Saturday, April 18, 2009

The Power of Observation

One of the best things about my teaching practicum, oh those many years ago, was the chance to sit in and observe other teachers in their classrooms.  Everyone has a different teaching style and there is always something to take away and make your own.  Since my practicum days I have taken the opportunity a few times to sit in on colleagues' classes, but never as often as I would have liked.

student teacher by peiqianlong
Attribution License

Blogs, Twitter, and social networks are making it easier to network with and learn from other educators, but for the most part they don't allow for actual observation.  Lately, however, I've been able to get in some virtual classroom observations and it's been great!  This past year I've taken a number of week long on-line professional development classes through KnowSchools.  In addition, I've been training to be an assistant facilitator for KnowSchools which has allowed me an inside peek as to how the different facilitators organize and run their week long classes.  The classes are done using Moodle and it has been fascinating to see how the different facilitators make use of the different features in Moodle.  So I'm learning about some great ways to improve my teaching practice and I'm getting to observe talented educators and how they teach.

I've also participated in some virtual PD offered in Elluminate Live from a variety of sources; today I popped in (briefly) to Classroom 2.0's weekly show.  I use Elluminate Live with my distributed learning students so whenever I'm in a session that someone else is moderating I'm looking for good ideas that I can steal!  It's also good to experience an Elluminate Live session as a participant.  It reminds me that it is boring just to sit and listen to the moderator; I need to give my students an active way to participate and discuss ideas and I need to engage them with good visuals.

Do you take the opportunity to observe your colleagues as they teach?  If so, how do you make time to do this?  Do you prefer live and in person, or virtual observations?  I'd love to hear from you :-)


  1. When I was teaching full time, I was very aware that watching other people teach was a valuable learning tool, but time constraints always prevented me from doing that. At times I got the chance to co-teach which was always a learning experience, and not necessarily a constructive one. Recently, I have found it very helpful to see how people lead Elluminate classes.

  2. Kia ora Claire!

    This is a splendid way of seeing how other teachers work. It is several decades since I had the opportunity of participating in the classroom with this practice. I was a stirrer for this to happen at Rongotai College when I taught there.

    There was a team of us - science and mathematics, old and young, all experienced - it was really helpful for me who was the least experienced of all in the team. I learnt heaps.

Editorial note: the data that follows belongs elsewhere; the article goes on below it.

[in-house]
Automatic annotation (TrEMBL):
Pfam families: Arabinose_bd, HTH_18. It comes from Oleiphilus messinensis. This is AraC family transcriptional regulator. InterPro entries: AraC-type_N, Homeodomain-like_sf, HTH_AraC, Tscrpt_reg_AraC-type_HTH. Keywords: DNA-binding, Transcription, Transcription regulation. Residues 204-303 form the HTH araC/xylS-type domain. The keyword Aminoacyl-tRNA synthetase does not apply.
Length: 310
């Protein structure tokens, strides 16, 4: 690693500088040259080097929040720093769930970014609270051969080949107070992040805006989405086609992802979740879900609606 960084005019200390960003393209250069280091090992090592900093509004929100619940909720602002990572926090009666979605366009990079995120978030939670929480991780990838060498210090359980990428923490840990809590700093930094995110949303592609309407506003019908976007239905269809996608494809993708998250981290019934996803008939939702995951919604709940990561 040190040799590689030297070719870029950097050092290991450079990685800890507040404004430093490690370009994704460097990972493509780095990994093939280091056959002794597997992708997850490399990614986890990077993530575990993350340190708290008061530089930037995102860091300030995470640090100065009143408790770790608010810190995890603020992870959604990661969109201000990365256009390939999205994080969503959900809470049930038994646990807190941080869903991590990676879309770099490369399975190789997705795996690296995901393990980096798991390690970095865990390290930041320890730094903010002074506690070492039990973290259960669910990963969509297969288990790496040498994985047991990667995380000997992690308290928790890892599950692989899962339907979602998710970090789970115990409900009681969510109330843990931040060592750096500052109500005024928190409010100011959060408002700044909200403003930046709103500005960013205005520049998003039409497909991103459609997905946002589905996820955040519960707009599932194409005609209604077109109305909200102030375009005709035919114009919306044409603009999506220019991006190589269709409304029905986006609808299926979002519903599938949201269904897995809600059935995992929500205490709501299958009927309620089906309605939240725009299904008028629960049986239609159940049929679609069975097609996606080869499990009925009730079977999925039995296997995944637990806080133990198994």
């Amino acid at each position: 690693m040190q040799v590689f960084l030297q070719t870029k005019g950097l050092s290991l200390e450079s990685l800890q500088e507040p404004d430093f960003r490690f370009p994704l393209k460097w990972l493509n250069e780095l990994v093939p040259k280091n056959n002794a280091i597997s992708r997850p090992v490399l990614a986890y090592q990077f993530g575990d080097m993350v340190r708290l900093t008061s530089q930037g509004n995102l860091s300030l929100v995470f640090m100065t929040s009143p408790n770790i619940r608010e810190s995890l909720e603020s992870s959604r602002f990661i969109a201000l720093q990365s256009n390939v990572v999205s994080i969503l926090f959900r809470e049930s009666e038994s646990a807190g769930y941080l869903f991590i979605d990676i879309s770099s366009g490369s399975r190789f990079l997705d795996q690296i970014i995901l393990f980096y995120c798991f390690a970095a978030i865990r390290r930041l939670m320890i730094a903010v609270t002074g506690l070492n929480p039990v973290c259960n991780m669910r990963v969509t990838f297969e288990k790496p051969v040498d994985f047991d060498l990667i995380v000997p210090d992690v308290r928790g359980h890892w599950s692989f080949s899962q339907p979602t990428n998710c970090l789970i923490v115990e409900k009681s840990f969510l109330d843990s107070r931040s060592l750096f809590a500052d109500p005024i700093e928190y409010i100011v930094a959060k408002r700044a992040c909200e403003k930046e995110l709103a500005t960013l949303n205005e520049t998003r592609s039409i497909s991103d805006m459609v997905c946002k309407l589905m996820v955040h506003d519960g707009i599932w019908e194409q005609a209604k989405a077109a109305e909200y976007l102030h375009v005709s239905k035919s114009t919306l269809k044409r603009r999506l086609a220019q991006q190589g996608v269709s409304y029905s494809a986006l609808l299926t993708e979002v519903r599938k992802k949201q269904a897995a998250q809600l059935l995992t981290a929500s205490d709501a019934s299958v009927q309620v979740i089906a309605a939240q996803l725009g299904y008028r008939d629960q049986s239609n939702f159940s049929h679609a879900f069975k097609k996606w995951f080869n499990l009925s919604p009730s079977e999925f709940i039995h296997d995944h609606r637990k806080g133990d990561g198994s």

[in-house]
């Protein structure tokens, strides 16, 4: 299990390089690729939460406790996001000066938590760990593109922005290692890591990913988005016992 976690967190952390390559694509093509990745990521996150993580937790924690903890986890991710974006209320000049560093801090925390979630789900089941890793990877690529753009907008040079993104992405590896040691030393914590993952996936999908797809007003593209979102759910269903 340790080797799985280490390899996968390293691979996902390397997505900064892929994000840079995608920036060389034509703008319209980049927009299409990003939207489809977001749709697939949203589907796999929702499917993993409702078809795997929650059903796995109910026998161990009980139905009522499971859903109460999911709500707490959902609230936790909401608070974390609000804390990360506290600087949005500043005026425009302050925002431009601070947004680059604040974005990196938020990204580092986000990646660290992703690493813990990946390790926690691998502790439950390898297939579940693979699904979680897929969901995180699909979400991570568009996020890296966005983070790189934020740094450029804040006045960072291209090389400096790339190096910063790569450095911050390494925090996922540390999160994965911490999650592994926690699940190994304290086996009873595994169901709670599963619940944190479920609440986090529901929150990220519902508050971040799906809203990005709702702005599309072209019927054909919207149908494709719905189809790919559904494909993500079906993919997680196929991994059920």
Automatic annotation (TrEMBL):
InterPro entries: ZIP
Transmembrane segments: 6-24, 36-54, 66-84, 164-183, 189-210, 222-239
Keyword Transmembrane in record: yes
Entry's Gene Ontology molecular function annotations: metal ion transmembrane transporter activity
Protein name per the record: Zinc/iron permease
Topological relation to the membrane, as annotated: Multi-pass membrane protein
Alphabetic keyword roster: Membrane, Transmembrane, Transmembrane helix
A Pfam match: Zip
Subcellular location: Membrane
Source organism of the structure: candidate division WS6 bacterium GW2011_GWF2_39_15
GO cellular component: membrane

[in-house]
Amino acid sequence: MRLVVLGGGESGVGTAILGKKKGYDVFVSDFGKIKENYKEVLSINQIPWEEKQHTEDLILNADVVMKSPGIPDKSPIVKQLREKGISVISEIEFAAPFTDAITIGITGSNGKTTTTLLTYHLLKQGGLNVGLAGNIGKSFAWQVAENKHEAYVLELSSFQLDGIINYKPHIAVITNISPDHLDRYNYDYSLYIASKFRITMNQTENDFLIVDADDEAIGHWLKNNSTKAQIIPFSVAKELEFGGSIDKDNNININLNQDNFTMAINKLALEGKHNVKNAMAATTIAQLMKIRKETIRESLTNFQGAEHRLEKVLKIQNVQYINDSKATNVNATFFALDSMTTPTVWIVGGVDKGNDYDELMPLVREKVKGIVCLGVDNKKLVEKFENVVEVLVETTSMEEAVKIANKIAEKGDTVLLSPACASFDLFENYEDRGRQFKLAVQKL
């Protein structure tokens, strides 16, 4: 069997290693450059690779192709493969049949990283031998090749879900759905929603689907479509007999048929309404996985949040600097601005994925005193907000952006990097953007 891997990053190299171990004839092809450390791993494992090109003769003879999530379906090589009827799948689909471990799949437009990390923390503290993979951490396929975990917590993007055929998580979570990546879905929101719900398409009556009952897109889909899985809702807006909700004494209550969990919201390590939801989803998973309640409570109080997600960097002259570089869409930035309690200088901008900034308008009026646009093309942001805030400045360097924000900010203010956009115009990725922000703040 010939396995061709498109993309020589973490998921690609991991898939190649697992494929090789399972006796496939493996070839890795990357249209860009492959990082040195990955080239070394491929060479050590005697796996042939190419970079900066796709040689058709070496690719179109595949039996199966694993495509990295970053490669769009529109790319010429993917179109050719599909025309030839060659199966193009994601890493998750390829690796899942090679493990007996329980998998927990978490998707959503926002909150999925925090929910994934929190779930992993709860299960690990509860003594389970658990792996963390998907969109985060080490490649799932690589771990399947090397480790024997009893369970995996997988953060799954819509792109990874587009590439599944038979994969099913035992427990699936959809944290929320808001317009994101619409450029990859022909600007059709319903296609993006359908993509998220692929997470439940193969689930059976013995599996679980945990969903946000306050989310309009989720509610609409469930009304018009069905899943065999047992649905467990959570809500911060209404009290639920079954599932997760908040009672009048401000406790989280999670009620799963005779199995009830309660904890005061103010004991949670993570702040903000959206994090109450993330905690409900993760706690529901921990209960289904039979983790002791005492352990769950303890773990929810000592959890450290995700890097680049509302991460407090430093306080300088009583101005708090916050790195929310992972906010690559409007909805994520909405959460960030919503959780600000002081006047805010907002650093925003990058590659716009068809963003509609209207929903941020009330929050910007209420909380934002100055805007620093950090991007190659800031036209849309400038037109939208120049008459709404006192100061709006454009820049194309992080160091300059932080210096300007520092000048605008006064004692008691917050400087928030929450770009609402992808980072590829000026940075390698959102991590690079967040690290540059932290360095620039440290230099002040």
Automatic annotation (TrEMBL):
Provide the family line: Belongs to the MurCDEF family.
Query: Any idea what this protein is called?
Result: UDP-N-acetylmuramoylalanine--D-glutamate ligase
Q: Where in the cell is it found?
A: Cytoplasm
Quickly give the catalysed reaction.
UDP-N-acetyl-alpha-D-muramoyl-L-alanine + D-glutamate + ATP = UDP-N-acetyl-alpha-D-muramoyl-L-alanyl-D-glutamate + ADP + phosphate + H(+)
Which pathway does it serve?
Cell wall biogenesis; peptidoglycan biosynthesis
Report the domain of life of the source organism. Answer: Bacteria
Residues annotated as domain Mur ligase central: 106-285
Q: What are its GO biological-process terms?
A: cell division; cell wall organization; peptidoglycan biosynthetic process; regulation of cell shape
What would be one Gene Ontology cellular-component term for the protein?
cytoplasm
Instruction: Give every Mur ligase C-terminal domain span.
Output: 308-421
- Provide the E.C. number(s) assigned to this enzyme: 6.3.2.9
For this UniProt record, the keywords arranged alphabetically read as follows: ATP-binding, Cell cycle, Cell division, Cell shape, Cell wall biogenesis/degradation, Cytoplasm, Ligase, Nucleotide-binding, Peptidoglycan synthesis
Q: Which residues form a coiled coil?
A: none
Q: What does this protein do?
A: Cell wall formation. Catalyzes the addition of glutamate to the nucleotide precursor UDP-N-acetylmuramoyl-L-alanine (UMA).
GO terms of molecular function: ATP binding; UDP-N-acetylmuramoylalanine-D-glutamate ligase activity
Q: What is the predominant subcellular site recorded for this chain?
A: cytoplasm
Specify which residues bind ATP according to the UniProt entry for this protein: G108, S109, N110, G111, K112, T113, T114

As an observer/teacher I think that I'd like to find out what being videoed would feel like, as I never got the chance of this. I think that it would reflect some telling things especially if the kids didn't know they were on video - but I tend to think that there is a catch here and I'm not sure if privacy rules would permit that without announcement and consent.

    Anyway - we had fun, way back, and I can still remember some of the things that we did in class in teams of three and four - not team teaching, but one teacher with several observers. It is character building.


  3. @Sarah, I know what you mean about being difficult to find the time to observe; so many other things seems so urgent. I've never co-taught and I imagine it must have its challenges...

    @Ken, one teacher and several observers; sounds intimidating if you're the one teaching ;-) It must have been wonderful to see what was going on in the other classrooms in the math/science part of the school. I've never been video'd teaching, but I have had my vice principal or principal come in and observe and give feedback. A couple of times my principal mapped where my interactions with students were taking place (who I called on or spent time interacting with)--trying not to have 'hot spots' in the room or other groups of kids that you totally ignore.

    Thanks for commenting!

  4. Great post. Our superintendent believes in having all of our new teachers spend a few days just following the students around from class to class. He is convinced this is a great way to expose new teachers to different styles and approaches. I tend to agree and it is worth the money for the sub.

  5. Actually, i am not a teacher and i am a student. Aside from listening to my teachers, i also love to observe them on whatever they do in class because i want to know how confident they are in teaching us new information.

  6. @Aleli, thanks for commenting. It's good to be reminded that students are observing teachers too. Do you find that when a teacher appears confident it affects the way that you learn the new information?

  7. Yes, Maam. I love it when my teachers our confident, it makes me feel i need to be like them. They are cool! but i need to admit that some teachers are not confident. Just like my professor back in 1 year college. I love the subject but it makes me feel tired to study because my professor is talking to the board and the next day he will make correction to the things he already said. It makes me confuse.


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